MediaFile

Blockbuster gets kicked when it’s down by cable companies

Blockbuster storeIt’s a tough time to be a video rental store owner wherever you are, but it’s especially tough if you’re Blockbuster Inc and have 6,500 stores to manage, thousands of employees, expensive debt repayments and a sinking share price.

Yesterday Blockbuster warned for the first time that it may need to file for bankruptcy protection and its auditors at Pricewaterhouse raised doubts about its ability to continue as a going concern.

It doesn’t get any worse than that right? No, it does.

According to a story we spotted today from Hollywood Reporter, movie studios and cable companies are joining forces for a $30 million advertising campaign over the coming months to promote awareness of movies available on cable’s video on demand services.

From Hollywood Reporter:

The Movies on Demand initiative comes as on-demand film rentals have hit new highs as viewing habits are changing, and studios are increasingly looking to capitalize on their high margins amid a more mature DVD market.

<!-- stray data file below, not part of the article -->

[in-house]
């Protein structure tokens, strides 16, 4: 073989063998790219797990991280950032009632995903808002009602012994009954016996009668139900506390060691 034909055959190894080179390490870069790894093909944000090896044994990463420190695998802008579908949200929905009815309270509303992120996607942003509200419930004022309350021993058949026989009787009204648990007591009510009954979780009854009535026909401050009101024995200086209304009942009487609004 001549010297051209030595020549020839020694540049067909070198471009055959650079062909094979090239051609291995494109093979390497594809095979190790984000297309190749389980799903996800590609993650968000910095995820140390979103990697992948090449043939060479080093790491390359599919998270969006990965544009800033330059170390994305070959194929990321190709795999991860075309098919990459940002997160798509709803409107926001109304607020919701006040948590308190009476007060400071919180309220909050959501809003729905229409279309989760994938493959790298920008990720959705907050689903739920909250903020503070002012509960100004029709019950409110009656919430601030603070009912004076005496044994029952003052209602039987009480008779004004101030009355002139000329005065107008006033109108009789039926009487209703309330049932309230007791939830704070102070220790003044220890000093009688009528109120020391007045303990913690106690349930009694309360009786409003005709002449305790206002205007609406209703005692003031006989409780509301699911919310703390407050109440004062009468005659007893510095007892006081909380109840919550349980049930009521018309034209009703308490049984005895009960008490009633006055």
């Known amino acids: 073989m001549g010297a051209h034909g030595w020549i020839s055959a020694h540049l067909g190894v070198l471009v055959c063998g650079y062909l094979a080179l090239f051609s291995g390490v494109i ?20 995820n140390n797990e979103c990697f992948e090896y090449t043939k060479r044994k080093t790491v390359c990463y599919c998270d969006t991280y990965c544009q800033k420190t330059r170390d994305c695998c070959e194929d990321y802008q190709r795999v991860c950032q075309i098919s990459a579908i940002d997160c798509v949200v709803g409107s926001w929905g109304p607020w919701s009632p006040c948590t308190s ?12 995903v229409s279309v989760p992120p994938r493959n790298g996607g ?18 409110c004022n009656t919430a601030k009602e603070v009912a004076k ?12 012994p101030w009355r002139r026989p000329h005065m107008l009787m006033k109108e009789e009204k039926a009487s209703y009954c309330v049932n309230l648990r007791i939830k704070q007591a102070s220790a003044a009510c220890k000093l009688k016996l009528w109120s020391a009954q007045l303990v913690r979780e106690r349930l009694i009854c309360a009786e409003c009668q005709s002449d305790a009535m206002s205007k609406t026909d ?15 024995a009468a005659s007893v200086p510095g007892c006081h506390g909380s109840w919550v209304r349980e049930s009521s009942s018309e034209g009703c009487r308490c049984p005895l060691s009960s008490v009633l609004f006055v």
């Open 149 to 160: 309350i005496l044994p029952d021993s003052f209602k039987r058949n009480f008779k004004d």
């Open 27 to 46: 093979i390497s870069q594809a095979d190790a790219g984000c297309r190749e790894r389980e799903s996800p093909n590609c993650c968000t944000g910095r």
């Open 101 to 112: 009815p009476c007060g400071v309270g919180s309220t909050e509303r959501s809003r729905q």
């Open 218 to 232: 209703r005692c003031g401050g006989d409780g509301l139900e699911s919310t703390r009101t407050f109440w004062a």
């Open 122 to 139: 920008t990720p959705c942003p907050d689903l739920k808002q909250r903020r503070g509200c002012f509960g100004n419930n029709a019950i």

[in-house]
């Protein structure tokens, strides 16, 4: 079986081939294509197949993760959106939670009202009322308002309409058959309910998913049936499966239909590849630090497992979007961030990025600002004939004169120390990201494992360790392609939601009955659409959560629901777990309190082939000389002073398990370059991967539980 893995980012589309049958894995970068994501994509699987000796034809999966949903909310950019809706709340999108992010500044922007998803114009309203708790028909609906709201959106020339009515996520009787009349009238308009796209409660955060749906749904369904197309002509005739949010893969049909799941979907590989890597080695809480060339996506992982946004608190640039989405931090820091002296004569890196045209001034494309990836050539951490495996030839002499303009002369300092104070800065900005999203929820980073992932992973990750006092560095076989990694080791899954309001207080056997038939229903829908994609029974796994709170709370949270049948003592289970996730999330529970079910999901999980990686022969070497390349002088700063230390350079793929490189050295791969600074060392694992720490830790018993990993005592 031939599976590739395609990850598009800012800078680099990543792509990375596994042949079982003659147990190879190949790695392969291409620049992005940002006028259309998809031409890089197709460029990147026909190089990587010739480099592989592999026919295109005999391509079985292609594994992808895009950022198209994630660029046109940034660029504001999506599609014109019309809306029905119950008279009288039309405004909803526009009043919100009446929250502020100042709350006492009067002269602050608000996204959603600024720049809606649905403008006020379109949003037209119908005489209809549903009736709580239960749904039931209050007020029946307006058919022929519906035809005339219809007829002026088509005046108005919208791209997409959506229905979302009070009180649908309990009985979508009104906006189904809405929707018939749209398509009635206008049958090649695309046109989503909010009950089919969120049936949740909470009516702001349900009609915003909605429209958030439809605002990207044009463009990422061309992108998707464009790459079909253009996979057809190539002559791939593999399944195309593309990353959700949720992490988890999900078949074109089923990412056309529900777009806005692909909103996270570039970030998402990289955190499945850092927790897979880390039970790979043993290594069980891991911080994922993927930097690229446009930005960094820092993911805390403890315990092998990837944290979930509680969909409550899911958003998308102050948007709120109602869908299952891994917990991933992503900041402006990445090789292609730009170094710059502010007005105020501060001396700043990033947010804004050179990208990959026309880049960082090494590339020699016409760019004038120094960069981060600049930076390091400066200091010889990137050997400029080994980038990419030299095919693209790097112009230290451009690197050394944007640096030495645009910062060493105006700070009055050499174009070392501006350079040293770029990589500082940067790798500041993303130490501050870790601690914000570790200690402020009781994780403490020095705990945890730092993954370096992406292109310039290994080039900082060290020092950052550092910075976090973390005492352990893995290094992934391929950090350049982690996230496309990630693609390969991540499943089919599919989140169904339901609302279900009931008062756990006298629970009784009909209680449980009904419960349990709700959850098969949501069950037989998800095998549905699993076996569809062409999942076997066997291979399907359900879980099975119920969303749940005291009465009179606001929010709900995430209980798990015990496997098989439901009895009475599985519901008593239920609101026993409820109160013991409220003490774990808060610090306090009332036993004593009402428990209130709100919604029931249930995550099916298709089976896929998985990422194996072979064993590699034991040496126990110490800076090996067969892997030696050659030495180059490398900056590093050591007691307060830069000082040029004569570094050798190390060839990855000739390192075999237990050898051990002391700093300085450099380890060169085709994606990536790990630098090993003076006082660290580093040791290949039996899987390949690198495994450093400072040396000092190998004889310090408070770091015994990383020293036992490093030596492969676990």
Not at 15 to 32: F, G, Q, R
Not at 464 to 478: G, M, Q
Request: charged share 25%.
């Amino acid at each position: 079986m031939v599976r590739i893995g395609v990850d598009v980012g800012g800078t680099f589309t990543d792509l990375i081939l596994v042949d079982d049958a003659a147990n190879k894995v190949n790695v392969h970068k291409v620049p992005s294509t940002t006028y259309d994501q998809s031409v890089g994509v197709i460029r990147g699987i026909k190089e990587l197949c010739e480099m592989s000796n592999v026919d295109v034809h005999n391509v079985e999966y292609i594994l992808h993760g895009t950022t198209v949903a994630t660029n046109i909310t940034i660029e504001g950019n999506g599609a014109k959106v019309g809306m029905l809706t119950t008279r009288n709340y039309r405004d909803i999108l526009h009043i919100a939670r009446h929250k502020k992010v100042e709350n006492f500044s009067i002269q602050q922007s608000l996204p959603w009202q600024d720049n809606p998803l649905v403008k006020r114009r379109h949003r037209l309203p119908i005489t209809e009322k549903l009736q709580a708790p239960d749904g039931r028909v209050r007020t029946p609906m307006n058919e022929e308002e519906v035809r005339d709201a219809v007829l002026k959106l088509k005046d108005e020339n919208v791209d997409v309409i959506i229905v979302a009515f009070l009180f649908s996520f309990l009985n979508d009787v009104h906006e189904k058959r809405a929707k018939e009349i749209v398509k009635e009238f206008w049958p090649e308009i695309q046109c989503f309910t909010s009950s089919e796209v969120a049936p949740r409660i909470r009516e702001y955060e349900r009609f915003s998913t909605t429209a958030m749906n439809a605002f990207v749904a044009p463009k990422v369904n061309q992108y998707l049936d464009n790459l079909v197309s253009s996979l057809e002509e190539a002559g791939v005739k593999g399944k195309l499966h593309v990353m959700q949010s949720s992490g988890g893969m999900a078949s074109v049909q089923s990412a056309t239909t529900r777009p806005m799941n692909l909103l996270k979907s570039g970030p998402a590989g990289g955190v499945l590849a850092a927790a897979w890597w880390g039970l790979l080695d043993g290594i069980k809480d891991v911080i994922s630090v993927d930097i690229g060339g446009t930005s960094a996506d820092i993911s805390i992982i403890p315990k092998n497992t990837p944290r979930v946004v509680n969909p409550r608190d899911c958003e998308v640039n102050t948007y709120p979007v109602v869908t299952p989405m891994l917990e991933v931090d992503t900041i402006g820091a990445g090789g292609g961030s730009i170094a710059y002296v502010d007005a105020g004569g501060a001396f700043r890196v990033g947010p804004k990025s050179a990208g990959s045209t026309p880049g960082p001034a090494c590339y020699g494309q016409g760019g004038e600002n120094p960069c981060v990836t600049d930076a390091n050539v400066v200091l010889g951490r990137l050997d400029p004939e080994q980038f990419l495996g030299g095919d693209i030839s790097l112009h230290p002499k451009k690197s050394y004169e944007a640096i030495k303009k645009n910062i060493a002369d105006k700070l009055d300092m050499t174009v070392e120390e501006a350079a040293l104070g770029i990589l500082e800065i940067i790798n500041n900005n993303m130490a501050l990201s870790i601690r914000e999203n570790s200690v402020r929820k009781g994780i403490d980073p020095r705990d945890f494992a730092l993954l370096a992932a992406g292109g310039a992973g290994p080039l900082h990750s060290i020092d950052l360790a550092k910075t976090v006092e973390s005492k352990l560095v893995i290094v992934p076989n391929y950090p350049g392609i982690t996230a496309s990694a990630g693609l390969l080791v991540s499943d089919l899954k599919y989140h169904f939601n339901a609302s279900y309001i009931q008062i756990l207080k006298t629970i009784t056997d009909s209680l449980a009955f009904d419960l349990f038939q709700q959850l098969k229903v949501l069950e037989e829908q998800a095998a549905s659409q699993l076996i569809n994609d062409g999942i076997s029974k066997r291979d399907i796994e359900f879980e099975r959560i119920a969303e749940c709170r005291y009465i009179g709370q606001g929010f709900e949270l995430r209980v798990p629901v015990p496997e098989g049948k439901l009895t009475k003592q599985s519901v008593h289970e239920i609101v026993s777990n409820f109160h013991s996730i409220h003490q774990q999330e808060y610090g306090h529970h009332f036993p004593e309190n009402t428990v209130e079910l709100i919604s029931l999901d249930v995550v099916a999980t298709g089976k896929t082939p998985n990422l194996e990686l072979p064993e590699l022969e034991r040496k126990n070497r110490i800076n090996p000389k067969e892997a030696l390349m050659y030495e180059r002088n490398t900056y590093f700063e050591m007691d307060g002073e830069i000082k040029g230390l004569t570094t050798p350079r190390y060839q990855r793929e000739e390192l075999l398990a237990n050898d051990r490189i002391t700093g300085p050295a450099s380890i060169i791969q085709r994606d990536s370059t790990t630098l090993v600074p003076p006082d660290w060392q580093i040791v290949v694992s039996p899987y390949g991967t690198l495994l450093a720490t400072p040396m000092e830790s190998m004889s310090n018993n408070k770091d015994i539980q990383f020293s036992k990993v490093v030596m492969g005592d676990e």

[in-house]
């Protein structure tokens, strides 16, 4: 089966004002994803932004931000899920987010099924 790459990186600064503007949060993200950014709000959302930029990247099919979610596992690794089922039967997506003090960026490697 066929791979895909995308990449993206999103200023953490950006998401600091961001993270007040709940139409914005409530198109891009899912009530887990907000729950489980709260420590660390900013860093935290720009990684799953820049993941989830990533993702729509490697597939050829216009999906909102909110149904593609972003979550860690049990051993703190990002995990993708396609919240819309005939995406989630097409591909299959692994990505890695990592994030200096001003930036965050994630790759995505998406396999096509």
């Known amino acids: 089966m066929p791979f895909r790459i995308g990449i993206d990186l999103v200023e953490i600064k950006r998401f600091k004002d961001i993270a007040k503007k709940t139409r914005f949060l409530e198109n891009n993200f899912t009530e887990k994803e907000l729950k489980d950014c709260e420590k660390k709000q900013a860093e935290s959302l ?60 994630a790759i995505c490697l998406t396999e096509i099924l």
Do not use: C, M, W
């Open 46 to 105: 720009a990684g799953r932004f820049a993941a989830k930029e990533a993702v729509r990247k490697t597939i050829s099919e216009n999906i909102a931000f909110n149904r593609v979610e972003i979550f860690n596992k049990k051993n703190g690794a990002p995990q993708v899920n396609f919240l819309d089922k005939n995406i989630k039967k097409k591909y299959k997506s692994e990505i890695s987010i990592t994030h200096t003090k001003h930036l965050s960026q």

The TV, print and online ad campaign runs under the theme “The Video Store Just Moved In” and highlights how easy it is for digital cable subscribers to view movies at home with a simple click of their remote. It also includes a dedicated website at CableVideoStore.com and a Movies on Demand logo.

The Hollywood Reporter, redesigned

hollywood-reporter.jpgThe Hollywood Reporter is joining the ranks of newspapers and magazines that are redesigning their print editions and Web sites, but the changes that the nearly 80-year-old publication is making will affect much more than the way it presents itself.

Monday’s official relaunch of one of the top trades covering the movie business also will feature more charts, more data and more of a business focus in its reporting, publisher Eric Mika told us in an interview late last week.

“The industry is the largest exporting product America has. It’s not a frivolous business,” Mika said. “None of the publications to date really represent that. … It reaches out to the finance community, the technology community, but it does not forget the core readership on Wilshire Blvd., New York City and London.”